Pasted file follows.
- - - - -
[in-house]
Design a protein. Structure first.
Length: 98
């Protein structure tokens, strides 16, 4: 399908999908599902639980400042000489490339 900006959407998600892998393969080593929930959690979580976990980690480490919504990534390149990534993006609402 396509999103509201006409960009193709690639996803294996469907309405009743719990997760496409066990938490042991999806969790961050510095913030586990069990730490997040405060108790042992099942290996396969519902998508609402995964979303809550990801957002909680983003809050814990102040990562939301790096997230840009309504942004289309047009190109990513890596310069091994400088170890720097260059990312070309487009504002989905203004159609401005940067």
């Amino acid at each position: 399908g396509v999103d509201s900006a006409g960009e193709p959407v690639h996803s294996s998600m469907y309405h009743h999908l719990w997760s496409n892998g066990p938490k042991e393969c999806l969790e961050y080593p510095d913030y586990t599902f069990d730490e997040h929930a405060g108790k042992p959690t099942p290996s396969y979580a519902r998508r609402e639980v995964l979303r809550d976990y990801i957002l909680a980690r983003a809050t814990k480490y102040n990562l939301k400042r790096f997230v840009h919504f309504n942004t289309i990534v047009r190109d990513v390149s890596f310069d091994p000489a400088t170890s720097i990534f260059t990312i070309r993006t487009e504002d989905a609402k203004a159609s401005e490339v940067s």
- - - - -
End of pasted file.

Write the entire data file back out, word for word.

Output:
[in-house]
Design a protein. Structure first.
Length: 98
């Protein structure tokens, strides 16, 4: 399908999908599902639980400042000489490339 900006959407998600892998393969080593929930959690979580976990980690480490919504990534390149990534993006609402 396509999103509201006409960009193709690639996803294996469907309405009743719990997760496409066990938490042991999806969790961050510095913030586990069990730490997040405060108790042992099942290996396969519902998508609402995964979303809550990801957002909680983003809050814990102040990562939301790096997230840009309504942004289309047009190109990513890596310069091994400088170890720097260059990312070309487009504002989905203004159609401005940067």
């Amino acid at each position: 399908g396509v999103d509201s900006a006409g960009e193709p959407v690639h996803s294996s998600m469907y309405h009743h999908l719990w997760s496409n892998g066990p938490k042991e393969c999806l969790e961050y080593p510095d913030y586990t599902f069990d730490e997040h929930a405060g108790k042992p959690t099942p290996s396969y979580a519902r998508r609402e639980v995964l979303r809550d976990y990801i957002l909680a980690r983003a809050t814990k480490y102040n990562l939301k400042r790096f997230v840009h919504f309504n942004t289309i990534v047009r190109d990513v390149s890596f310069d091994p000489a400088t170890s720097i990534f260059t990312i070309r993006t487009e504002d989905a609402k203004a159609s401005e490339v940067s």